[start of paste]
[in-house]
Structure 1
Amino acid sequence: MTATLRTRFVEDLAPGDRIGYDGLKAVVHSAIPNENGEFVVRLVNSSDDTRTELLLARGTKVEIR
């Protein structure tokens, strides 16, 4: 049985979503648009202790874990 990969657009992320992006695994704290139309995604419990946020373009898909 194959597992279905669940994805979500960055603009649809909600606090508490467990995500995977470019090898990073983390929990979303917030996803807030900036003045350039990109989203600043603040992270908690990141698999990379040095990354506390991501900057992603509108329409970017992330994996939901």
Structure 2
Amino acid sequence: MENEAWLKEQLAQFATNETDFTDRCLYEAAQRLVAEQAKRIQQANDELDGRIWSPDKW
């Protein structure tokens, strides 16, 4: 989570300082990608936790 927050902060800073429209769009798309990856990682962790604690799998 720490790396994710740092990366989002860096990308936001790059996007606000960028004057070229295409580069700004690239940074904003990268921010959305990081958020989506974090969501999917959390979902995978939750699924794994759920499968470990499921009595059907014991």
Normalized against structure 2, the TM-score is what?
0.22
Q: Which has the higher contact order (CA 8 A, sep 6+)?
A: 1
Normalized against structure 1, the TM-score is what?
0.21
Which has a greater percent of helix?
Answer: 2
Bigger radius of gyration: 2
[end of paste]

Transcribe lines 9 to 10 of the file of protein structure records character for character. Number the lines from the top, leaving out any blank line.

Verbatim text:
0.22
Q: Which has the higher contact order (CA 8 A, sep 6+)?